T-Mobile has already shaken up the market, cutting prices and slashing fees with its self-proclaimed “Uncarrier” strategy. Now, analysts say, Sprint will also have to improve its offerings and cut prices to succeed on its own.
The proposed $32 billion deal was the brainchild of Japanese billionaire and Softbank CEO Masayoshi Son, who bought Sprint last year to expand into the United States. Son argued that the combination would create a more formidable competitor to market leaders AT&T (T) and Verizon Wireless (VZ).
- Aaron Pressman at Yahoo Finance13 days ago
Surprising almost no one, Apple (AAPL) plans to unveil its iPhone upgrades on September 9, about the same time of year as last year and the year before. But the company also faces new complications in China, one of its most important markets.
The web site Recode reported the Sept. 9 date for the expected iPhone 6 roll out. Apple is expected to offer two new models, one with a 4.7-inch screen and the other with a 5.5-inch screen, entering the so-called phablet category for the first time.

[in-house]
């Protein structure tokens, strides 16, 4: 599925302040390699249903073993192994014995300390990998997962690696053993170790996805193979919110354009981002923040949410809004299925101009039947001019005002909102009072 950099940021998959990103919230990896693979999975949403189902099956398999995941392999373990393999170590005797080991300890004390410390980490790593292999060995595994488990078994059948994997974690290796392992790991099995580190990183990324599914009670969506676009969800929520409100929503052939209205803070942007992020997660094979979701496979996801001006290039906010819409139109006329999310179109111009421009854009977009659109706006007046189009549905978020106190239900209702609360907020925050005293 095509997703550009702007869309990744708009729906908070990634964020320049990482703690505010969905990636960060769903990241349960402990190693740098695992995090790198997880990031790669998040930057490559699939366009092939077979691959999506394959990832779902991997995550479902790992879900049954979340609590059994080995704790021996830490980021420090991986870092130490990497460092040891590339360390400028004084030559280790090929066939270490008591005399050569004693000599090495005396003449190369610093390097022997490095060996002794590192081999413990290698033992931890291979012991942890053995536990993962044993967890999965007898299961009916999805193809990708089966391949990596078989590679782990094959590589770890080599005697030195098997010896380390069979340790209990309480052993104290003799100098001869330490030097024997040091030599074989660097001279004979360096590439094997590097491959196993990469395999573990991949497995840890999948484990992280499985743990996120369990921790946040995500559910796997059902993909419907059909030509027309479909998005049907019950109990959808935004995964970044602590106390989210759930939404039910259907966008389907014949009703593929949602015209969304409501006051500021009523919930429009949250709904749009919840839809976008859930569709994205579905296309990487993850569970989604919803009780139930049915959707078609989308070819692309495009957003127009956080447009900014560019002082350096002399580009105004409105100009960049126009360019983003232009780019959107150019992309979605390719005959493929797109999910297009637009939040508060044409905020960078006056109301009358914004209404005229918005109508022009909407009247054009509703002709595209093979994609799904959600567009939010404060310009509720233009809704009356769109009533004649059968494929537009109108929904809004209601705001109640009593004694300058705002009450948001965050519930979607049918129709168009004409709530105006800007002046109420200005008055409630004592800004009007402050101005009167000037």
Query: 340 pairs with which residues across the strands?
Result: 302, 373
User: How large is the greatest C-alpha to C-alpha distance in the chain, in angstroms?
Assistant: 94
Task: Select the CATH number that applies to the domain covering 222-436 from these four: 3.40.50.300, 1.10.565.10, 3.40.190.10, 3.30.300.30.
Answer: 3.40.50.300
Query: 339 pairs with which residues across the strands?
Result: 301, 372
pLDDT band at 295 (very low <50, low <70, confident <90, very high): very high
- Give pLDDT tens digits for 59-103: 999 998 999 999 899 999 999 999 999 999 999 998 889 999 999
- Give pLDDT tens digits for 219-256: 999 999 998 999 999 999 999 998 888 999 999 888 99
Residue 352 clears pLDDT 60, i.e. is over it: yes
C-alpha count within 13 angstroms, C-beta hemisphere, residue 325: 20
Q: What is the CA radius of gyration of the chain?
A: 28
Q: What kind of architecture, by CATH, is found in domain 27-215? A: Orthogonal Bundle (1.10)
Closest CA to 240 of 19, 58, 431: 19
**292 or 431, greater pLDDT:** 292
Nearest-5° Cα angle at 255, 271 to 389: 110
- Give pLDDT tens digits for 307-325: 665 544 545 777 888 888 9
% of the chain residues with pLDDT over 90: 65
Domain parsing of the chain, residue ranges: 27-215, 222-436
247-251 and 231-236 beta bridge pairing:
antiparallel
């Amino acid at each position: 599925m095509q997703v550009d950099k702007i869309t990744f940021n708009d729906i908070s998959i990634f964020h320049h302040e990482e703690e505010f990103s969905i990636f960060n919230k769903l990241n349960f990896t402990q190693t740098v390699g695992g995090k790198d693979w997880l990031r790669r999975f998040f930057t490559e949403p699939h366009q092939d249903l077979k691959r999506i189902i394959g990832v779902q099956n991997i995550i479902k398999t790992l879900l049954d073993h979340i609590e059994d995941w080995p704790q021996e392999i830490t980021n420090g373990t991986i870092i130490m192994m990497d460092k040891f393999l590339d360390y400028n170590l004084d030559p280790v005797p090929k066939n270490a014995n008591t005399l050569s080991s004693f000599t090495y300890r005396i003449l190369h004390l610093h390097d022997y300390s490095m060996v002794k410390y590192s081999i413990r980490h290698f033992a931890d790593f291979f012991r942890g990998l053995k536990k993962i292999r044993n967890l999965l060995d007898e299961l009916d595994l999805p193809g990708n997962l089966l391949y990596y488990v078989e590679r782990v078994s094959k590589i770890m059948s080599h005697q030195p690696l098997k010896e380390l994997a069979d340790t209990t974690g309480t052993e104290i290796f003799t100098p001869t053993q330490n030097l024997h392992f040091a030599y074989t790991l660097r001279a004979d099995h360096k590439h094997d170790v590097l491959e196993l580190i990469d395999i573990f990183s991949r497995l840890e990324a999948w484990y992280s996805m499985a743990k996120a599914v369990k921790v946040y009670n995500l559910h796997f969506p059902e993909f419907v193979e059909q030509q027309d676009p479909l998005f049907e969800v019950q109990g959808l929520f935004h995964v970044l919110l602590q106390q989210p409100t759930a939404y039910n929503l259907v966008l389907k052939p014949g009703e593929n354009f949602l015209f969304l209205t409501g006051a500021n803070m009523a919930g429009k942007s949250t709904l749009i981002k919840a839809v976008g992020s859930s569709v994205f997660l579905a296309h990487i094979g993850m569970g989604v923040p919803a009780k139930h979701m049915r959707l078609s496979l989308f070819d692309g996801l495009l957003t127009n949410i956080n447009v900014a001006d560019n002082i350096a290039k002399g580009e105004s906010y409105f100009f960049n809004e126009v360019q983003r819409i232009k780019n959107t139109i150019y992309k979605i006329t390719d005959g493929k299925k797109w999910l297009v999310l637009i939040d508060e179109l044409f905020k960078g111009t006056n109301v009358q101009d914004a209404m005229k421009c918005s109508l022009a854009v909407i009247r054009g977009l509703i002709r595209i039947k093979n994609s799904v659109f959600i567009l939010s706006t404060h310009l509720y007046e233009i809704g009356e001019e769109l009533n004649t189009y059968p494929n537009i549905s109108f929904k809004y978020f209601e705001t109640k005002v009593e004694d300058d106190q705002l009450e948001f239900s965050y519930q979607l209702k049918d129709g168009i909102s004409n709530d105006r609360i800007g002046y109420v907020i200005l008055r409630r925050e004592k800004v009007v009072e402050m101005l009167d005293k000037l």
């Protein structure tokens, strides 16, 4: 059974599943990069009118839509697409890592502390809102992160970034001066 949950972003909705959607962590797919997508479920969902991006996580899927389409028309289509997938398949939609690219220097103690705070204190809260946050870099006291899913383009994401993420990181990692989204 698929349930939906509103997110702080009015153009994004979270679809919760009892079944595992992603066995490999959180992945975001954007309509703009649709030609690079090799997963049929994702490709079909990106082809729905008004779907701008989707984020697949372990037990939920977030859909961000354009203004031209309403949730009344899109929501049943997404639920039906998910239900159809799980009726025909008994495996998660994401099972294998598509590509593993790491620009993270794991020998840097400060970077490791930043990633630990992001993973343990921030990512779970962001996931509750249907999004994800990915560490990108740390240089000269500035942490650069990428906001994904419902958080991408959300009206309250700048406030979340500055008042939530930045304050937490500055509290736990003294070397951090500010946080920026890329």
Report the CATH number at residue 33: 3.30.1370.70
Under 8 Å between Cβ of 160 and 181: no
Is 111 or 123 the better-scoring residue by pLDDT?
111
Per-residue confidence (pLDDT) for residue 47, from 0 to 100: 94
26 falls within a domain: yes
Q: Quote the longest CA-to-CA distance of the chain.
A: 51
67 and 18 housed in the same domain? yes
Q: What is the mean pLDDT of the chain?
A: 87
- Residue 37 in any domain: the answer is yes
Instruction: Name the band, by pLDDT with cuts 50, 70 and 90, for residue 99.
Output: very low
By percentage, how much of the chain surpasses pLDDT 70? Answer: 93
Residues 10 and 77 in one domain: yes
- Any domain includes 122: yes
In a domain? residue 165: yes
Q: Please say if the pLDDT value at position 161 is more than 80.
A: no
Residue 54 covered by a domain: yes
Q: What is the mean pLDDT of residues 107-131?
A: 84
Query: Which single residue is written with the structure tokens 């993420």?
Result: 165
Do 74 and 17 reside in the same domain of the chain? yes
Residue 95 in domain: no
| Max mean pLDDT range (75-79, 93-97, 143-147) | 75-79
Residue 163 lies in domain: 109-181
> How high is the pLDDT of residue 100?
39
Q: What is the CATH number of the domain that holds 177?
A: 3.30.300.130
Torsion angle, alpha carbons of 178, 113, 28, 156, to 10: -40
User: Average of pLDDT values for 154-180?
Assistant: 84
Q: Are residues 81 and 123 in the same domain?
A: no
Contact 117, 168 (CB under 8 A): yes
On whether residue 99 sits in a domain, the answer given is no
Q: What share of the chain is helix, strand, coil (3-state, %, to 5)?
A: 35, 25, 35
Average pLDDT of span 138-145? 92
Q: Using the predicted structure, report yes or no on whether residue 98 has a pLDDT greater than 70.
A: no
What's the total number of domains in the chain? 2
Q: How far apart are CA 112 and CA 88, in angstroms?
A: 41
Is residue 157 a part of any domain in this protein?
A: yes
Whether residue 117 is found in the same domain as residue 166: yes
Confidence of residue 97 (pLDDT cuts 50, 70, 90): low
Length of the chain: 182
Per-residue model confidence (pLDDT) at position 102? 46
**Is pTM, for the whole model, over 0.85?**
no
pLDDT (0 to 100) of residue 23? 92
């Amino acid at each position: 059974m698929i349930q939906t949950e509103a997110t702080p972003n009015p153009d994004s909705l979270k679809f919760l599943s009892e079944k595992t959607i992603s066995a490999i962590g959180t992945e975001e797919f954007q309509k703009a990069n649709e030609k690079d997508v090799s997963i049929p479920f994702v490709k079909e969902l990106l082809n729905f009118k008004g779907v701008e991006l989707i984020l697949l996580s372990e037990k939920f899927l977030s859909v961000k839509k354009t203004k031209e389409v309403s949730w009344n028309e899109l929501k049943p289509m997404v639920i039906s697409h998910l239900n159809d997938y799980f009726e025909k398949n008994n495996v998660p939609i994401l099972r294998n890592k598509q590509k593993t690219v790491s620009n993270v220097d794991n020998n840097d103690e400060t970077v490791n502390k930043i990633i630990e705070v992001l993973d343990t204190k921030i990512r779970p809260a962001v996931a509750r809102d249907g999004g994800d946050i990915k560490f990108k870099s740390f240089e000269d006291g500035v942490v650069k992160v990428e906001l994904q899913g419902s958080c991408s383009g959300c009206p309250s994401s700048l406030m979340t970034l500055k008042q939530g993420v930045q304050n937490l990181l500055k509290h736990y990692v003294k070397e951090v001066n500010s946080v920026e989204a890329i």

The larger screens, up from Apple’s current 4-inch models, could hit sales of phones running Google’s (GOOGL) Android software, especially those made by Samsung, which is already suffering from an onslaught of cheaper phones made by Chinese competitors.
- Aaron Pressman at Yahoo Finance15 days ago
The Black Hat Hackers conference going on this week in Las Vegas looks a little more corporate than it used to – glance at the website and you might confuse it for a Google (GOOGL) or Microsoft (MSFT) developers meeting.
- Aaron Pressman at Yahoo Finance18 days ago
The recovery in Apple’s (AAPL) share price over the past year was well deserved but further gains could push the stock into overvalued territory, says Sam Peters, who runs the $2.8 billion Clearbridge Value Trust fund.